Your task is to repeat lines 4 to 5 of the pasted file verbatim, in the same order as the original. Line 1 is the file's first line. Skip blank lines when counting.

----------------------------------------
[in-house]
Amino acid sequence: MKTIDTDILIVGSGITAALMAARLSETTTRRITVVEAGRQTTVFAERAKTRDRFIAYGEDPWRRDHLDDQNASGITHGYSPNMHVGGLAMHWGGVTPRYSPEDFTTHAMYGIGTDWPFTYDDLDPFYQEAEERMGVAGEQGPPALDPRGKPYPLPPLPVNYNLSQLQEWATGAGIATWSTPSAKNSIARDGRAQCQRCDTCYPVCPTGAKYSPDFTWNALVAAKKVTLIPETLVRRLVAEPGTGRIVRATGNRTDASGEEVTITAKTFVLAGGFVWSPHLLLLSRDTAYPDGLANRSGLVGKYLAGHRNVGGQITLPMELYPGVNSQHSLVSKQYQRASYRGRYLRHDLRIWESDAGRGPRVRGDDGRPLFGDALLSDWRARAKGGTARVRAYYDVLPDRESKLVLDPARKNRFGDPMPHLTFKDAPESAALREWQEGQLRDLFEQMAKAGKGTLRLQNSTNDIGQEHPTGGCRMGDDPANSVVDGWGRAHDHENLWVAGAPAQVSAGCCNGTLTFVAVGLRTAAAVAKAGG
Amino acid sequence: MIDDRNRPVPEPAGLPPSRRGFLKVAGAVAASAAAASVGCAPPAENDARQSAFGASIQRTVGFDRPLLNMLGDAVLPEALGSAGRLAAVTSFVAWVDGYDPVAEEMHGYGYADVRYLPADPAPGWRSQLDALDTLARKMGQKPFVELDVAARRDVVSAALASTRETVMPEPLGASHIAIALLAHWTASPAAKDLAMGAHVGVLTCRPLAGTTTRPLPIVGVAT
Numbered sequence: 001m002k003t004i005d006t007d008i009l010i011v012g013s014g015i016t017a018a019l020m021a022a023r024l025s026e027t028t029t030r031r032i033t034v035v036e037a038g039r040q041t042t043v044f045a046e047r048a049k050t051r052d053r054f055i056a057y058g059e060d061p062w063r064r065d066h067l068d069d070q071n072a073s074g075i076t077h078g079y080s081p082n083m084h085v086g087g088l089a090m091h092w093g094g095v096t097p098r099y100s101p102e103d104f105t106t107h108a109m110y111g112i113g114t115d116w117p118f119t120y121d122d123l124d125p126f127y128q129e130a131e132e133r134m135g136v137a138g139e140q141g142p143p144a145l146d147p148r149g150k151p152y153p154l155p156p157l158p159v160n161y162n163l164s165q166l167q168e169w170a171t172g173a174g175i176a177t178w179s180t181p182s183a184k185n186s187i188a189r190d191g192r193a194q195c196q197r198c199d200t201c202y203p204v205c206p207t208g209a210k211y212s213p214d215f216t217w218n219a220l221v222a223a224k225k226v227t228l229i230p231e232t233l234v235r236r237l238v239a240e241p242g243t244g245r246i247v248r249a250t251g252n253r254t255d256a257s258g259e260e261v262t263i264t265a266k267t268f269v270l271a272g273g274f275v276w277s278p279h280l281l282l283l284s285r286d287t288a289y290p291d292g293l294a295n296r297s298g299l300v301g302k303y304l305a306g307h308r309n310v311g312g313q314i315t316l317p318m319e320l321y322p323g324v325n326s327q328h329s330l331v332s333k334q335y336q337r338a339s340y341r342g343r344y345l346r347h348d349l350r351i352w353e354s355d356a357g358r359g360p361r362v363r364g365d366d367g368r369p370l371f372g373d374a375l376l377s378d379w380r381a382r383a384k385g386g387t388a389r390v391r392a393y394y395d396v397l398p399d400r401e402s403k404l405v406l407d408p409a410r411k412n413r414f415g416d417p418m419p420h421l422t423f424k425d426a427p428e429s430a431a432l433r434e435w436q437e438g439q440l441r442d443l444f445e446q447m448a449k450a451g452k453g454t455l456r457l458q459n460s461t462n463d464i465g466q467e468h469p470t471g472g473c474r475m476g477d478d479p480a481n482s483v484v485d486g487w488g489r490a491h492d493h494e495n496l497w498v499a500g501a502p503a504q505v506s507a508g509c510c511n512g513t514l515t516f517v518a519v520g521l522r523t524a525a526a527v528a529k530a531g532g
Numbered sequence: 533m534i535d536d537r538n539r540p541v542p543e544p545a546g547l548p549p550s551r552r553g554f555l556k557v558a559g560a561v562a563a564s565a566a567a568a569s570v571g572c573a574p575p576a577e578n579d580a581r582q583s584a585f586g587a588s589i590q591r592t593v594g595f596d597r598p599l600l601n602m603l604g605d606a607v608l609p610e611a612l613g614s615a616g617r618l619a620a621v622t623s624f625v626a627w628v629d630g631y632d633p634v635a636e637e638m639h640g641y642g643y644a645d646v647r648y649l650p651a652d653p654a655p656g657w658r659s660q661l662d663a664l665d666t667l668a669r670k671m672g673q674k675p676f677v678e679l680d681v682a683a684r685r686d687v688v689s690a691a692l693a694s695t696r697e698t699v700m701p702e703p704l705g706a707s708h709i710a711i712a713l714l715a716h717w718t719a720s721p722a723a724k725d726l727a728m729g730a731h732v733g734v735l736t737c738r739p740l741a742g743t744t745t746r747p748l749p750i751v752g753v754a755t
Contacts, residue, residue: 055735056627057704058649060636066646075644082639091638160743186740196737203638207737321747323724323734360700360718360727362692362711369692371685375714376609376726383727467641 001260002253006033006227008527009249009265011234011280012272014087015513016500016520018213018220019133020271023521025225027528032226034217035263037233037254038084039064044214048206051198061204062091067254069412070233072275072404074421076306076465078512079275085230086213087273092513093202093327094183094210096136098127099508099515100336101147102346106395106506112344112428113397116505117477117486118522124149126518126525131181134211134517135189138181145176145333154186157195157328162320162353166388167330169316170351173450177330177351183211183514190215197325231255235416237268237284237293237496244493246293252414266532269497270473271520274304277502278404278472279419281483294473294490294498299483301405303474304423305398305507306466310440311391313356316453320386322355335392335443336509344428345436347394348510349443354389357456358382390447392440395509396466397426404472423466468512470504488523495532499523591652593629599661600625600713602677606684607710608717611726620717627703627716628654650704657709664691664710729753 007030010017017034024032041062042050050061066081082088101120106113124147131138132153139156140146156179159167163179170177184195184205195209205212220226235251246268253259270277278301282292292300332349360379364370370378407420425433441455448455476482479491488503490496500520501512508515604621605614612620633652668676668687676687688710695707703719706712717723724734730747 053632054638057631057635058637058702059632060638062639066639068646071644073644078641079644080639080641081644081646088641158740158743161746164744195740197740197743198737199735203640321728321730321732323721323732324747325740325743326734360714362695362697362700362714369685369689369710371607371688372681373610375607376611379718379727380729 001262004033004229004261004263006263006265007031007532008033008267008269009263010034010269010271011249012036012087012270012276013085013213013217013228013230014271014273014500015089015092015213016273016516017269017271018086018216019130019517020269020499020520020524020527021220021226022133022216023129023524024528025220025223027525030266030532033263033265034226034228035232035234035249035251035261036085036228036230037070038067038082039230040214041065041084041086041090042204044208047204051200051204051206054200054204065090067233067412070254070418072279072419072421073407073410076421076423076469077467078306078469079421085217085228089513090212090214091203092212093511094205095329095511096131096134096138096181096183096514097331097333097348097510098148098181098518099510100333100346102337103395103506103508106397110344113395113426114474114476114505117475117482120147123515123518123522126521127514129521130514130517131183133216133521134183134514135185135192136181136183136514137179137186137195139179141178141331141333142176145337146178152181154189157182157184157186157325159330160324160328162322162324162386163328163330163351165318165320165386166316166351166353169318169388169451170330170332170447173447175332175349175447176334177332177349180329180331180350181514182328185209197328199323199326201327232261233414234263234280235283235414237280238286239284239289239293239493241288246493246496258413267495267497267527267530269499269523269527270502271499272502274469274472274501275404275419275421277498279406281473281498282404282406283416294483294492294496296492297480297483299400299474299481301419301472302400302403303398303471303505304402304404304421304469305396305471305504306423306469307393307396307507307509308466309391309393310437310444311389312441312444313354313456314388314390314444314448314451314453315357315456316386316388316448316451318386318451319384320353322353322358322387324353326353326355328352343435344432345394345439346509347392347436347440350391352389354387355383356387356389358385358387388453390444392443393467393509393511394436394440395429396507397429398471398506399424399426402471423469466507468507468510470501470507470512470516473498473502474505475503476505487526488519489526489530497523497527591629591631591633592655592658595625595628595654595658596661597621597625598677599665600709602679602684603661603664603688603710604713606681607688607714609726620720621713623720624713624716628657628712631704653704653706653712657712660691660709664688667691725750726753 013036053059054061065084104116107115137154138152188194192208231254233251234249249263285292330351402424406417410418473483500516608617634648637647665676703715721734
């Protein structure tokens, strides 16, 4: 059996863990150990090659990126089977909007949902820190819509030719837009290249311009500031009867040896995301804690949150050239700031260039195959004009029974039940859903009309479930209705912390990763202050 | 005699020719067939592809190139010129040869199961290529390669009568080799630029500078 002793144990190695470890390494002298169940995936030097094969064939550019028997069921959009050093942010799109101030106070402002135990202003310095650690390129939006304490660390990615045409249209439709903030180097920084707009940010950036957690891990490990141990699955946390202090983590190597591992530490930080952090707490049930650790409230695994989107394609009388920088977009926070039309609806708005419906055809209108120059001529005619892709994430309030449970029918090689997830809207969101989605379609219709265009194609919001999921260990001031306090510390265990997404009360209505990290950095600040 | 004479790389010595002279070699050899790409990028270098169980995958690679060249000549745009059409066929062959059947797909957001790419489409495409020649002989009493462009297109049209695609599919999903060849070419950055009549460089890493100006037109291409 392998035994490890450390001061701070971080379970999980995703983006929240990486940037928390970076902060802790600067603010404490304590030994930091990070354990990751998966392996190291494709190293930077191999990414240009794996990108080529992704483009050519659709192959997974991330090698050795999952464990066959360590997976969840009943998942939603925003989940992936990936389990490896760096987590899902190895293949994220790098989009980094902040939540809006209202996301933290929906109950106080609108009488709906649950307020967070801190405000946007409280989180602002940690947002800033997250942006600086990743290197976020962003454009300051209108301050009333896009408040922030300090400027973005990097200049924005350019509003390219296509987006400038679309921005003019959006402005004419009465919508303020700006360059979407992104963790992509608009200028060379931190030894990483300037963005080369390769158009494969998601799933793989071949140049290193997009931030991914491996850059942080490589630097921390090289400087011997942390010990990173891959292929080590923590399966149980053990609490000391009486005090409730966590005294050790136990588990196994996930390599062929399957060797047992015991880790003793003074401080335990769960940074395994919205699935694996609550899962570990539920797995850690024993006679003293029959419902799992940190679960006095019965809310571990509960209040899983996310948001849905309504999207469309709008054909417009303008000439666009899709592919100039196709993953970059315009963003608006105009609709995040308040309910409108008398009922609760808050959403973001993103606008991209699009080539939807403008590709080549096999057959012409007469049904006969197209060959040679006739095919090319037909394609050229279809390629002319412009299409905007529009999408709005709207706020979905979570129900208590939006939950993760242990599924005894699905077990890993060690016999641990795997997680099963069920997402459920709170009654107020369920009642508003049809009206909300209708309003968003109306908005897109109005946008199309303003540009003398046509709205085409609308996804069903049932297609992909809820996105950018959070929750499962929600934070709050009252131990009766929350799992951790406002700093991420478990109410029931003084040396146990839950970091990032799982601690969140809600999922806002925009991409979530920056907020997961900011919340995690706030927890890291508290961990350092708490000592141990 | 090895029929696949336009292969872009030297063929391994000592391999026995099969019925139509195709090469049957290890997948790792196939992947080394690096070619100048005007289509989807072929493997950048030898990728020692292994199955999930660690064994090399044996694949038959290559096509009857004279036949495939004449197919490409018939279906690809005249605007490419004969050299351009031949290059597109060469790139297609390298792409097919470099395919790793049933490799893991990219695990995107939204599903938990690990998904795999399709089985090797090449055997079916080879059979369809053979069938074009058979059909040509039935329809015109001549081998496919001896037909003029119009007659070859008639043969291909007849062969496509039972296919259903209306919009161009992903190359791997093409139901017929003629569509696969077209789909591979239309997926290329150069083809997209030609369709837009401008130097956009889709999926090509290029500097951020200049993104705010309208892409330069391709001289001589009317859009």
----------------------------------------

Numbered sequence: 001m002k003t004i005d006t007d008i009l010i011v012g013s014g015i016t017a018a019l020m021a022a023r024l025s026e027t028t029t030r031r032i033t034v035v036e037a038g039r040q041t042t043v044f045a046e047r048a049k050t051r052d053r054f055i056a057y058g059e060d061p062w063r064r065d066h067l068d069d070q071n072a073s074g075i076t077h078g079y080s081p082n083m084h085v086g087g088l089a090m091h092w093g094g095v096t097p098r099y100s101p102e103d104f105t106t107h108a109m110y111g112i113g114t115d116w117p118f119t120y121d122d123l124d125p126f127y128q129e130a131e132e133r134m135g136v137a138g139e140q141g142p143p144a145l146d147p148r149g150k151p152y153p154l155p156p157l158p159v160n161y162n163l164s165q166l167q168e169w170a171t172g173a174g175i176a177t178w179s180t181p182s183a184k185n186s187i188a189r190d191g192r193a194q195c196q197r198c199d200t201c202y203p204v205c206p207t208g209a210k211y212s213p214d215f216t217w218n219a220l221v222a223a224k225k226v227t228l229i230p231e232t233l234v235r236r237l238v239a240e241p242g243t244g245r246i247v248r249a250t251g252n253r254t255d256a257s258g259e260e261v262t263i264t265a266k267t268f269v270l271a272g273g274f275v276w277s278p279h280l281l282l283l284s285r286d287t288a289y290p291d292g293l294a295n296r297s298g299l300v301g302k303y304l305a306g307h308r309n310v311g312g313q314i315t316l317p318m319e320l321y322p323g324v325n326s327q328h329s330l331v332s333k334q335y336q337r338a339s340y341r342g343r344y345l346r347h348d349l350r351i352w353e354s355d356a357g358r359g360p361r362v363r364g365d366d367g368r369p370l371f372g373d374a375l376l377s378d379w380r381a382r383a384k385g386g387t388a389r390v391r392a393y394y395d396v397l398p399d400r401e402s403k404l405v406l407d408p409a410r411k412n413r414f415g416d417p418m419p420h421l422t423f424k425d426a427p428e429s430a431a432l433r434e435w436q437e438g439q440l441r442d443l444f445e446q447m448a449k450a451g452k453g454t455l456r457l458q459n460s461t462n463d464i465g466q467e468h469p470t471g472g473c474r475m476g477d478d479p480a481n482s483v484v485d486g487w488g489r490a491h492d493h494e495n496l497w498v499a500g501a502p503a504q505v506s507a508g509c510c511n512g513t514l515t516f517v518a519v520g521l522r523t524a525a526a527v528a529k530a531g532g
Numbered sequence: 533m534i535d536d537r538n539r540p541v542p543e544p545a546g547l548p549p550s551r552r553g554f555l556k557v558a559g560a561v562a563a564s565a566a567a568a569s570v571g572c573a574p575p576a577e578n579d580a581r582q583s584a585f586g587a588s589i590q591r592t593v594g595f596d597r598p599l600l601n602m603l604g605d606a607v608l609p610e611a612l613g614s615a616g617r618l619a620a621v622t623s624f625v626a627w628v629d630g631y632d633p634v635a636e637e638m639h640g641y642g643y644a645d646v647r648y649l650p651a652d653p654a655p656g657w658r659s660q661l662d663a664l665d666t667l668a669r670k671m672g673q674k675p676f677v678e679l680d681v682a683a684r685r686d687v688v689s690a691a692l693a694s695t696r697e698t699v700m701p702e703p704l705g706a707s708h709i710a711i712a713l714l715a716h717w718t719a720s721p722a723a724k725d726l727a728m729g730a731h732v733g734v735l736t737c738r739p740l741a742g743t744t745t746r747p748l749p750i751v752g753v754a755t